These installable plugins are automatically installed when you initialize your working directory, or in other words, when you run the “init” command. If you already have a working directory that has been initialized/applied, and you make changes to add a new provider, the new provider is automatically installed when you initialize the directory again. But, how can we specify which provider should be selected?

This specification is done under the “required_providers” block. This particular block is written inside the “terraform” block. Like all other blocks that we’ve seen, these blocks also start and end with an opening and closing curly brackets. The “required_providers” block contains a local name for the block, the URL or the address of the source of the provider, and an optional value specifying which version should be downloaded.

Let’s see an example of this:

terraform {
  required_providers {
    mycloud = {
      source = "mycorp/mycloud"
      version = "~> 1.0"
    }
  }
}

Source: Requirements Block

NOTE: Only 1 provider can be specified for each block.

A few providers will also need you to write configuration blocks before they’re used. These blocks will usually contain details such as the region and URLs. These can be written inside the “provider” block. It begins with the keyword “provider,” followed by the local name defined in the “required_providers” and between the curly brackets, you may write arguments that are always provider-specific.

For example:

provider "google" {
  project = "acme-app"
  region = "us-central1"
}

Source: Writing Configurations

NOTE: You may reference only those values that have been defined before the configuration, such as input variables. This means that the attributes exported by the resources cannot be used in the expressions.

Providers have meta-arguments that may be used:

Declaring Resources

To understand resources, you must first question, “What exactly are resources when it comes to Infrastructure?”. Well, they could be instances, storage space, DNS records, virtual networks, etc. So, you see now that resources are the basic requirements in your infrastructure. Terraform allows you to write blocks in your configuration to define all the resources that should be part of your infrastructure.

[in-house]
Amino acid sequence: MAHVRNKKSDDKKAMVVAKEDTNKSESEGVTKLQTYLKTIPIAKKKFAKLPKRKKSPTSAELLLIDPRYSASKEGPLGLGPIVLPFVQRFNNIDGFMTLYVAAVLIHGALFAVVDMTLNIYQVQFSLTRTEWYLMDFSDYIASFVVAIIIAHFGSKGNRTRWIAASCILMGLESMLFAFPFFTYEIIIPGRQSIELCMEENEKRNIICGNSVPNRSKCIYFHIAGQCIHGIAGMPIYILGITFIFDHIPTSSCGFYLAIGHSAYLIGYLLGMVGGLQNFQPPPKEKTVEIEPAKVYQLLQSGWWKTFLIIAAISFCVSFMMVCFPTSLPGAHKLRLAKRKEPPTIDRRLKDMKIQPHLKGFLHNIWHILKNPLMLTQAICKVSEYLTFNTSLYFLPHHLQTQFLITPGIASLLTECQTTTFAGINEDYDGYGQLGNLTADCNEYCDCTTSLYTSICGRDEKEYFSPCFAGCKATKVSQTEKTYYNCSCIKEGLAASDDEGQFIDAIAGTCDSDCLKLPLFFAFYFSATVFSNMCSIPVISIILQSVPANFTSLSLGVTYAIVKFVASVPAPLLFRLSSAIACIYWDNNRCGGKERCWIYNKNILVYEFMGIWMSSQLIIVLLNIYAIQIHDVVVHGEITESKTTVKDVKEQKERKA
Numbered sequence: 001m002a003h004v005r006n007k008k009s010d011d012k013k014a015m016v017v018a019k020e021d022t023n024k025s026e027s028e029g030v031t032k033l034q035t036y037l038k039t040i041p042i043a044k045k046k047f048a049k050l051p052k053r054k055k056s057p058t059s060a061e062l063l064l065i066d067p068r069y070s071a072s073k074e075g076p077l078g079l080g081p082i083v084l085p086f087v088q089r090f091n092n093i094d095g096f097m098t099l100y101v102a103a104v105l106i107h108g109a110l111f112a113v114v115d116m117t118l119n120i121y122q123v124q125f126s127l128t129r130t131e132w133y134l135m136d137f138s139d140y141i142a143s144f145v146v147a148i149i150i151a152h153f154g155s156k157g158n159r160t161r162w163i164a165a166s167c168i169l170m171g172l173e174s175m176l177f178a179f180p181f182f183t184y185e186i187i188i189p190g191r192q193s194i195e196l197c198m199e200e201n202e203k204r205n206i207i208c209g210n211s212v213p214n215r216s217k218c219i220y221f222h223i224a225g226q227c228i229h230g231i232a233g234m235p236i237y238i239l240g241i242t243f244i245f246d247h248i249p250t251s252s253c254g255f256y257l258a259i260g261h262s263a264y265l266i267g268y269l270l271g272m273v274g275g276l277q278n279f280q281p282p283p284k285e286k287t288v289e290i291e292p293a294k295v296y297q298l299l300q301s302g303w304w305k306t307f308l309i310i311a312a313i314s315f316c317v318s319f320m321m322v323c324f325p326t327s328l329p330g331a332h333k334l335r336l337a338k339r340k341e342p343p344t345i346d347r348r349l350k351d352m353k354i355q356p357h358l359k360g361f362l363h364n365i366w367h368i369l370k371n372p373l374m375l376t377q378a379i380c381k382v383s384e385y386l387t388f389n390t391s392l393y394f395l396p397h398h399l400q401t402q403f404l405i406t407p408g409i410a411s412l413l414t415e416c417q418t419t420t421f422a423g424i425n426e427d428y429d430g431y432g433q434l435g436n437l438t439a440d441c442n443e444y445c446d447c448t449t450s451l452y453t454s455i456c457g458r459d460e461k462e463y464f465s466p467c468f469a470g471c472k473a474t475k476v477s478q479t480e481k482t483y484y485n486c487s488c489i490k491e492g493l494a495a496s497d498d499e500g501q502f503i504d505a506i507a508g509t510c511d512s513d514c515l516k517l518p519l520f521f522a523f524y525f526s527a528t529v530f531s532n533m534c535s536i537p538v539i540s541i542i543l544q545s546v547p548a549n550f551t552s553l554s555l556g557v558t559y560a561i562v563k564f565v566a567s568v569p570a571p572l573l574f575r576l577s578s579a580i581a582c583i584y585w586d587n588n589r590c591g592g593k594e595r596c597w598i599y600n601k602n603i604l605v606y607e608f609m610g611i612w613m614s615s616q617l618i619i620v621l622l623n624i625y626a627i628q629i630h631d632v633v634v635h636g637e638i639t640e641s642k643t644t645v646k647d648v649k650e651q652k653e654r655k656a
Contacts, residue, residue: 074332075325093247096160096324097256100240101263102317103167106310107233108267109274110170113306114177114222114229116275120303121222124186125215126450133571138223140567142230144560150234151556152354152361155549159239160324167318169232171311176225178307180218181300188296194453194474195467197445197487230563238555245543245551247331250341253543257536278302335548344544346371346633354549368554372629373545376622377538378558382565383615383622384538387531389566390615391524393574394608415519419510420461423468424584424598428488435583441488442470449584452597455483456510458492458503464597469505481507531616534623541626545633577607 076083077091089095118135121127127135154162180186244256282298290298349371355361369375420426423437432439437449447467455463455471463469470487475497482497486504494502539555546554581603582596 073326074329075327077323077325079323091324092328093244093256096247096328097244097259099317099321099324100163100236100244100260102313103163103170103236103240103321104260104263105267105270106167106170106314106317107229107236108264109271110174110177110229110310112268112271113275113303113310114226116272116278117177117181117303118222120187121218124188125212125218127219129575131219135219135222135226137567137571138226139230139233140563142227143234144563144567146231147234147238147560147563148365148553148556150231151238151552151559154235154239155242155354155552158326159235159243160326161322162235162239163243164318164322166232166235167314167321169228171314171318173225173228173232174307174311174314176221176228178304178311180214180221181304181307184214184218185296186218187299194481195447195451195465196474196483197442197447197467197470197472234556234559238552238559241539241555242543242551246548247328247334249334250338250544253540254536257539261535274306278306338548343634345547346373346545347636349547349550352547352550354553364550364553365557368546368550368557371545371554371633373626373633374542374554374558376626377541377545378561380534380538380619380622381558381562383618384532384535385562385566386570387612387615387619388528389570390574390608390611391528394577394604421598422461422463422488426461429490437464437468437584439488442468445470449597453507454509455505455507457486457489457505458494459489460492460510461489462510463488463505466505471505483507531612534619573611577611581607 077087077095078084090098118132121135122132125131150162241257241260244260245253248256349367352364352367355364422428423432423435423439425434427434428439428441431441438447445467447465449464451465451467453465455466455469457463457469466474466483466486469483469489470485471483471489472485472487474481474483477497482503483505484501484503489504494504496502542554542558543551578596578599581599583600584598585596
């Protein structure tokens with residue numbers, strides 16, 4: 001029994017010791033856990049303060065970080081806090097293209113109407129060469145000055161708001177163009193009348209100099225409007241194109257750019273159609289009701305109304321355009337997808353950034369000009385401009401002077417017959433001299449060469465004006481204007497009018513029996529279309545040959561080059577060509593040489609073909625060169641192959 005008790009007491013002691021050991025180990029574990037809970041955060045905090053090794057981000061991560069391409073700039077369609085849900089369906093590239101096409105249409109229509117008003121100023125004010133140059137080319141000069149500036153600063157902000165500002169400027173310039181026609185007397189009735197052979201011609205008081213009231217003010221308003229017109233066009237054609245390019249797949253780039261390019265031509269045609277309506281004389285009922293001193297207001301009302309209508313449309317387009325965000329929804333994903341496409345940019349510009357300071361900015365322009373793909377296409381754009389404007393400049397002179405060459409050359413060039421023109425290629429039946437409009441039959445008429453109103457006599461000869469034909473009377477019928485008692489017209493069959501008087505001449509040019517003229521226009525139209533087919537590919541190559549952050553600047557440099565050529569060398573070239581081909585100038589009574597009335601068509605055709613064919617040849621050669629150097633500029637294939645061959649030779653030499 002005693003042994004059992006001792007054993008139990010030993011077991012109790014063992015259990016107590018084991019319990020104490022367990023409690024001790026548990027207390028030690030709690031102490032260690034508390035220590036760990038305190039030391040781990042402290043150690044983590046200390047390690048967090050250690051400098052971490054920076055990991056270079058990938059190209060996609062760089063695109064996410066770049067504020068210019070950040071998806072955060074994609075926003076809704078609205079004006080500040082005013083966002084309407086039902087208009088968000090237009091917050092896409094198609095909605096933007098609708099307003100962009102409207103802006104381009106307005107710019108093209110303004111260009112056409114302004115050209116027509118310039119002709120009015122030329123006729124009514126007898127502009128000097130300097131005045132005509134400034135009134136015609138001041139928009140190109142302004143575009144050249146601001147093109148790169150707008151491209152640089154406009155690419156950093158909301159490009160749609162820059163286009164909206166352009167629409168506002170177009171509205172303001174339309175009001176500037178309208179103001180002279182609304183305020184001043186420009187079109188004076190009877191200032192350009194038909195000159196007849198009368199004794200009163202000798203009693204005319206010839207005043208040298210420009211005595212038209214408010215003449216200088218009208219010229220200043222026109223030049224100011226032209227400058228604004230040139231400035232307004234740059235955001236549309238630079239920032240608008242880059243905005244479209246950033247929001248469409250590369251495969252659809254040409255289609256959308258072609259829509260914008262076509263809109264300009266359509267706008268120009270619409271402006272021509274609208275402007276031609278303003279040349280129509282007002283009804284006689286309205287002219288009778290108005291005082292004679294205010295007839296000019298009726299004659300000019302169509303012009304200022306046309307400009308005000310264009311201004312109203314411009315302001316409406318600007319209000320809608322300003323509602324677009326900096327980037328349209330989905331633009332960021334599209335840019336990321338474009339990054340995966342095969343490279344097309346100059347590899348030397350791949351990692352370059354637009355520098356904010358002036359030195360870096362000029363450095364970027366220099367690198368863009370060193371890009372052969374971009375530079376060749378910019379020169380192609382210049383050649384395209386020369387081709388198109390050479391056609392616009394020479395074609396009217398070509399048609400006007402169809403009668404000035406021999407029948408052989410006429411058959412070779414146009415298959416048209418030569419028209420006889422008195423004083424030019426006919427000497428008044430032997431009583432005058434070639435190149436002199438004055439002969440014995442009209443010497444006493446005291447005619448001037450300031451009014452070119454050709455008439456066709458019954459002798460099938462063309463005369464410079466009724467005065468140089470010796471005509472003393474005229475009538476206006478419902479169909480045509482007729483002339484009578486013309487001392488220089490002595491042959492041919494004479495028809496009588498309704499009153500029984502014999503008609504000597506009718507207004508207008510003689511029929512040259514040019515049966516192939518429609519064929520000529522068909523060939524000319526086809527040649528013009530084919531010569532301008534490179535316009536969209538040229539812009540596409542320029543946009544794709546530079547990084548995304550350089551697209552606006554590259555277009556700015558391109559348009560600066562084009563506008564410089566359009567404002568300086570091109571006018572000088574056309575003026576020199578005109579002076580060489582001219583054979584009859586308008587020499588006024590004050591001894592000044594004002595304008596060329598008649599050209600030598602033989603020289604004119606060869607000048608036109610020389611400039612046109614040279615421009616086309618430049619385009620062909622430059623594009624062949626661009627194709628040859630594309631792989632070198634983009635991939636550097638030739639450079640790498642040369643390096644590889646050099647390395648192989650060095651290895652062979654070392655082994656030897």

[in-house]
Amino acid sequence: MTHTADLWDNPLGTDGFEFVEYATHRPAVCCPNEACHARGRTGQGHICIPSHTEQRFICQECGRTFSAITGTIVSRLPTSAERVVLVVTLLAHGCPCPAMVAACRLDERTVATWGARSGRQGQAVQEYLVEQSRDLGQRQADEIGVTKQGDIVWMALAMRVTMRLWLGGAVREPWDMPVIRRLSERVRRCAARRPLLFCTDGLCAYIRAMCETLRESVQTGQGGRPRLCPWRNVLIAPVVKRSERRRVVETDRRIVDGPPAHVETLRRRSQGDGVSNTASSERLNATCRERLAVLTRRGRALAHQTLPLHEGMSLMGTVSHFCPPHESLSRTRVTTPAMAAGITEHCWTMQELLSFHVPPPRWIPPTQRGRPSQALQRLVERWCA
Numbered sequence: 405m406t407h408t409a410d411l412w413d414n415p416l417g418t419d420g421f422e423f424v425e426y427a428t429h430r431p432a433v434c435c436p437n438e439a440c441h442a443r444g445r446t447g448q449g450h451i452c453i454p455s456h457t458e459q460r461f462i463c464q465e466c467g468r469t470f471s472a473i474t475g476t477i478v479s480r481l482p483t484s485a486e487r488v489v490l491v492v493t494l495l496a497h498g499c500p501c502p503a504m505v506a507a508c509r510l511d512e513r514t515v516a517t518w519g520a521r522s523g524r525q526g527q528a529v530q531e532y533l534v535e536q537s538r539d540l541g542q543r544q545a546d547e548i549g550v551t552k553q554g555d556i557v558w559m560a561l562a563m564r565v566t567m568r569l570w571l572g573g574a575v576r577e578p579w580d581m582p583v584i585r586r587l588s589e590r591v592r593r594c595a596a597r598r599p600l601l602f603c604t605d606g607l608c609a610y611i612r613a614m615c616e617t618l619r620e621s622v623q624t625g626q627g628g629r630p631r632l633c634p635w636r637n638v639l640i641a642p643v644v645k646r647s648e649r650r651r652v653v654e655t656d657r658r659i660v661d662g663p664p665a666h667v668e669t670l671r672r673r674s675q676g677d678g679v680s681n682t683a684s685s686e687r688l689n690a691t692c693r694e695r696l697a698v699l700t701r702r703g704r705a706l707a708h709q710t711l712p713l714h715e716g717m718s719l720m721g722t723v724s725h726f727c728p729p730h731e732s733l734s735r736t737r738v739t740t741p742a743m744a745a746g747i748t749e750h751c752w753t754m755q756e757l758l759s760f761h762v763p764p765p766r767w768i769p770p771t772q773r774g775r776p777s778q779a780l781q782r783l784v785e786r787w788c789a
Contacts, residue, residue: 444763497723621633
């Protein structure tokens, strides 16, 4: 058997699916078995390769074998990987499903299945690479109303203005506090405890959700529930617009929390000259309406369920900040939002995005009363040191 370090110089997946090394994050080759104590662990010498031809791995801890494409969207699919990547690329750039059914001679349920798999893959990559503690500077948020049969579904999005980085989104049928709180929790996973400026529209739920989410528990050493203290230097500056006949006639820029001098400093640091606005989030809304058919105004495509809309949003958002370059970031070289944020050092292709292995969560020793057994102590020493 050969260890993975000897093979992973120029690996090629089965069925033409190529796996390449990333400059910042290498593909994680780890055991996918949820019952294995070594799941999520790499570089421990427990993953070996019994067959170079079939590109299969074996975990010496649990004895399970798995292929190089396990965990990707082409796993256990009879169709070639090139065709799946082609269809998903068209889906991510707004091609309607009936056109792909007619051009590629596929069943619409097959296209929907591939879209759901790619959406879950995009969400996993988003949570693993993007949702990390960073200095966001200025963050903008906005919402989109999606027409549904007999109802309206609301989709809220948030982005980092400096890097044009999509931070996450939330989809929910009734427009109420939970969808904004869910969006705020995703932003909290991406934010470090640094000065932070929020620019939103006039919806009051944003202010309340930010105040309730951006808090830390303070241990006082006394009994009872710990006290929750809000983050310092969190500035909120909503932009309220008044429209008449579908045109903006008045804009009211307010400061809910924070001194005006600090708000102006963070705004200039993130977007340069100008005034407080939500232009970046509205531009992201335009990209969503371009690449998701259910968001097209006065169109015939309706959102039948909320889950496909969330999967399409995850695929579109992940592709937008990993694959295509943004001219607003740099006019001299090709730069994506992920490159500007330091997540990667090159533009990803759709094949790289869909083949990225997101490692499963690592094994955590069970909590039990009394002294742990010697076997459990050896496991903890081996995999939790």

Resource blocks permit you to write configurations for the type of infrastructure object you will need. If it’s a new configuration that is being defined, then it is created on the “apply” command and the necessary “state file” is created. If it’s about updating a current object, then the state file is compared with the new object and necessary changes are updated.

The logical next step is to know how to write a resource block for a configuration.

Every block in this particular situation starts with the keyword “resource” and is followed by the type and then by a locally defined name. We then write the requirement configurations within the opening and closing curly brackets, “{“ and “}” respectively. Naming conventions specify that the resource name should begin with a letter or underscore (_) and contain only letters, digits, underscores and dashes.

Example:

resource "aws_instance" "web" {
  ami           = "ami-a1b2c3d4"
  instance_type = "t2.micro"
}

Source: Resource Syntax

The “type” defined in the block is always the cloud provider that we’ll use to implement our infrastructure. Each provider will have their own types of configurations that can be used in the block between the curly brackets. We’ll talk more about the nuances of providers in a bit. However, at any stage, feel free to browse and take a look at the available providers and their documentation.

If you’re looking to access information regarding the current configuration in the same module, use the syntax below:

<TYPE_OF_RESOURCE>.<RESOURCE_NAME>.<ATTRIBUTE>

If you take into consideration the example block we’ve shown above, then to access an attribute “ami” in that block, you have to write a line as “aws_instance.web.ami”.